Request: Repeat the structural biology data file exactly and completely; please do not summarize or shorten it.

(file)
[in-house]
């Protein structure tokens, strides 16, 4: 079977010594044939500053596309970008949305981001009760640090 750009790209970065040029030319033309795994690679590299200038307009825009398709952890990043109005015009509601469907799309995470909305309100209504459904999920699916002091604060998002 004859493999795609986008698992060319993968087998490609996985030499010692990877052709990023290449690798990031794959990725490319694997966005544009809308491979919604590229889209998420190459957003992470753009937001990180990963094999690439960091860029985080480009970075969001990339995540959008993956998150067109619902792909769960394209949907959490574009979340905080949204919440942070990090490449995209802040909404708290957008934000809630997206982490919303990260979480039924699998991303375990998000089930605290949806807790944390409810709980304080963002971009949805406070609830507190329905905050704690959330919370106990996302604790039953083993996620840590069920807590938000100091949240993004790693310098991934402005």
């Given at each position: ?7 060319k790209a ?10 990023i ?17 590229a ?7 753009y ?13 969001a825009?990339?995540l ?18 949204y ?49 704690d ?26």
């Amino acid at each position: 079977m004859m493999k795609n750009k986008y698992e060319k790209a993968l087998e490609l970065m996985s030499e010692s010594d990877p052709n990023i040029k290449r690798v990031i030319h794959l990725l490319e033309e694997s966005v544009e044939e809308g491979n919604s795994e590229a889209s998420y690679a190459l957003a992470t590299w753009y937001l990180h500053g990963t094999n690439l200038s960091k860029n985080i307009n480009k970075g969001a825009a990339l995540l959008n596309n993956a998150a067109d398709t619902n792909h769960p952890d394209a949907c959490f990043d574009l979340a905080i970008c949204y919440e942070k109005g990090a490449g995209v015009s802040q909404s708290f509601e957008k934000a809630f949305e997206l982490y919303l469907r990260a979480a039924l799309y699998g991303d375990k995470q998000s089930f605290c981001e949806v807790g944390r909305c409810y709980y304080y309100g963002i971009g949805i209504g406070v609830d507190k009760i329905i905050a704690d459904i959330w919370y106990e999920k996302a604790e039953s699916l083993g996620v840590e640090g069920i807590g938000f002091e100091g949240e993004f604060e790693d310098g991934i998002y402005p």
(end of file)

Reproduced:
[in-house]
């Protein structure tokens, strides 16, 4: 079977010594044939500053596309970008949305981001009760640090 750009790209970065040029030319033309795994690679590299200038307009825009398709952890990043109005015009509601469907799309995470909305309100209504459904999920699916002091604060998002 004859493999795609986008698992060319993968087998490609996985030499010692990877052709990023290449690798990031794959990725490319694997966005544009809308491979919604590229889209998420190459957003992470753009937001990180990963094999690439960091860029985080480009970075969001990339995540959008993956998150067109619902792909769960394209949907959490574009979340905080949204919440942070990090490449995209802040909404708290957008934000809630997206982490919303990260979480039924699998991303375990998000089930605290949806807790944390409810709980304080963002971009949805406070609830507190329905905050704690959330919370106990996302604790039953083993996620840590069920807590938000100091949240993004790693310098991934402005």
């Given at each position: ?7 060319k790209a ?10 990023i ?17 590229a ?7 753009y ?13 969001a825009?990339?995540l ?18 949204y ?49 704690d ?26």
């Amino acid at each position: 079977m004859m493999k795609n750009k986008y698992e060319k790209a993968l087998e490609l970065m996985s030499e010692s010594d990877p052709n990023i040029k290449r690798v990031i030319h794959l990725l490319e033309e694997s966005v544009e044939e809308g491979n919604s795994e590229a889209s998420y690679a190459l957003a992470t590299w753009y937001l990180h500053g990963t094999n690439l200038s960091k860029n985080i307009n480009k970075g969001a825009a990339l995540l959008n596309n993956a998150a067109d398709t619902n792909h769960p952890d394209a949907c959490f990043d574009l979340a905080i970008c949204y919440e942070k109005g990090a490449g995209v015009s802040q909404s708290f509601e957008k934000a809630f949305e997206l982490y919303l469907r990260a979480a039924l799309y699998g991303d375990k995470q998000s089930f605290c981001e949806v807790g944390r909305c409810y709980y304080y309100g963002i971009g949805i209504g406070v609830d507190k009760i329905i905050a704690d459904i959330w919370y106990e999920k996302a604790e039953s699916l083993g996620v840590e640090g069920i807590g938000f002091e100091g949240e993004f604060e790693d310098g991934i998002y402005p």